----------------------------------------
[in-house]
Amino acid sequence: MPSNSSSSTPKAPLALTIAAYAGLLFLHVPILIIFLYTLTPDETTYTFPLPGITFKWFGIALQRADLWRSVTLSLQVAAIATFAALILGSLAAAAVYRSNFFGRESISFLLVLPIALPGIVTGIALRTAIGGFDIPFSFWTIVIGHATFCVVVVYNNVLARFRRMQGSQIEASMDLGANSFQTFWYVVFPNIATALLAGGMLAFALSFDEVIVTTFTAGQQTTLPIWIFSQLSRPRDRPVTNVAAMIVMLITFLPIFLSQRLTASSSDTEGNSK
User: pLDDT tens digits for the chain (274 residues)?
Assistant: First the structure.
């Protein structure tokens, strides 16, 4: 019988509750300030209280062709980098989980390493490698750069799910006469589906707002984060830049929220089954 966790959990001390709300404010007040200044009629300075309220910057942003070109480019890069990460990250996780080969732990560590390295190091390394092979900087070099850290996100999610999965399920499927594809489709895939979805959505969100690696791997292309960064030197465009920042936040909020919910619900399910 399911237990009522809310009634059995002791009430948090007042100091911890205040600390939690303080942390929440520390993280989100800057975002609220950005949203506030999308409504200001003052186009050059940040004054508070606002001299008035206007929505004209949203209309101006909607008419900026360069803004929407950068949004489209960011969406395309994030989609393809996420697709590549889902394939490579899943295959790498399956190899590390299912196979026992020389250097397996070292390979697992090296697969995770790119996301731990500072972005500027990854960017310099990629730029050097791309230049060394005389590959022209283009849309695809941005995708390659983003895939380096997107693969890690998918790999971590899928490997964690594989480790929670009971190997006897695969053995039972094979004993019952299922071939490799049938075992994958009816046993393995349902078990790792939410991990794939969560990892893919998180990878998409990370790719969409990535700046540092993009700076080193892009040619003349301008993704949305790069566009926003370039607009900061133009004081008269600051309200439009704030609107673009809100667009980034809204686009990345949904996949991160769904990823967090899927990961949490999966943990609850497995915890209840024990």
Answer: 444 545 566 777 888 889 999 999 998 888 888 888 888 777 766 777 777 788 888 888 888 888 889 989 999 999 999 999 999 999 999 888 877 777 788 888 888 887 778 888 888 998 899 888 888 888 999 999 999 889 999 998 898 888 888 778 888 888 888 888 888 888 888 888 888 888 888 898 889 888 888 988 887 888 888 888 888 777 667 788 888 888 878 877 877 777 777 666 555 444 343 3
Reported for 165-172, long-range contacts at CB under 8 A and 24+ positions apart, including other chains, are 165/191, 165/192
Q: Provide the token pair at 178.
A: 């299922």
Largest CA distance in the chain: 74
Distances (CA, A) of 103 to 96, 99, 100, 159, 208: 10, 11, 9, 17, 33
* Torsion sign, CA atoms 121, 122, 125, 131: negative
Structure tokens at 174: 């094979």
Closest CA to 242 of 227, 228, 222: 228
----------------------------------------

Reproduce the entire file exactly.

[in-house]
Amino acid sequence: MPSNSSSSTPKAPLALTIAAYAGLLFLHVPILIIFLYTLTPDETTYTFPLPGITFKWFGIALQRADLWRSVTLSLQVAAIATFAALILGSLAAAAVYRSNFFGRESISFLLVLPIALPGIVTGIALRTAIGGFDIPFSFWTIVIGHATFCVVVVYNNVLARFRRMQGSQIEASMDLGANSFQTFWYVVFPNIATALLAGGMLAFALSFDEVIVTTFTAGQQTTLPIWIFSQLSRPRDRPVTNVAAMIVMLITFLPIFLSQRLTASSSDTEGNSK
User: pLDDT tens digits for the chain (274 residues)?
Assistant: First the structure.
């Protein structure tokens, strides 16, 4: 019988509750300030209280062709980098989980390493490698750069799910006469589906707002984060830049929220089954 966790959990001390709300404010007040200044009629300075309220910057942003070109480019890069990460990250996780080969732990560590390295190091390394092979900087070099850290996100999610999965399920499927594809489709895939979805959505969100690696791997292309960064030197465009920042936040909020919910619900399910 399911237990009522809310009634059995002791009430948090007042100091911890205040600390939690303080942390929440520390993280989100800057975002609220950005949203506030999308409504200001003052186009050059940040004054508070606002001299008035206007929505004209949203209309101006909607008419900026360069803004929407950068949004489209960011969406395309994030989609393809996420697709590549889902394939490579899943295959790498399956190899590390299912196979026992020389250097397996070292390979697992090296697969995770790119996301731990500072972005500027990854960017310099990629730029050097791309230049060394005389590959022209283009849309695809941005995708390659983003895939380096997107693969890690998918790999971590899928490997964690594989480790929670009971190997006897695969053995039972094979004993019952299922071939490799049938075992994958009816046993393995349902078990790792939410991990794939969560990892893919998180990878998409990370790719969409990535700046540092993009700076080193892009040619003349301008993704949305790069566009926003370039607009900061133009004081008269600051309200439009704030609107673009809100667009980034809204686009990345949904996949991160769904990823967090899927990961949490999966943990609850497995915890209840024990």
Answer: 444 545 566 777 888 889 999 999 998 888 888 888 888 777 766 777 777 788 888 888 888 888 889 989 999 999 999 999 999 999 999 888 877 777 788 888 888 887 778 888 888 998 899 888 888 888 999 999 999 889 999 998 898 888 888 778 888 888 888 888 888 888 888 888 888 888 888 898 889 888 888 988 887 888 888 888 888 777 667 788 888 888 878 877 877 777 777 666 555 444 343 3
Reported for 165-172, long-range contacts at CB under 8 A and 24+ positions apart, including other chains, are 165/191, 165/192
Q: Provide the token pair at 178.
A: 């299922």
Largest CA distance in the chain: 74
Distances (CA, A) of 103 to 96, 99, 100, 159, 208: 10, 11, 9, 17, 33
* Torsion sign, CA atoms 121, 122, 125, 131: negative
Structure tokens at 174: 């094979």
Closest CA to 242 of 227, 228, 222: 228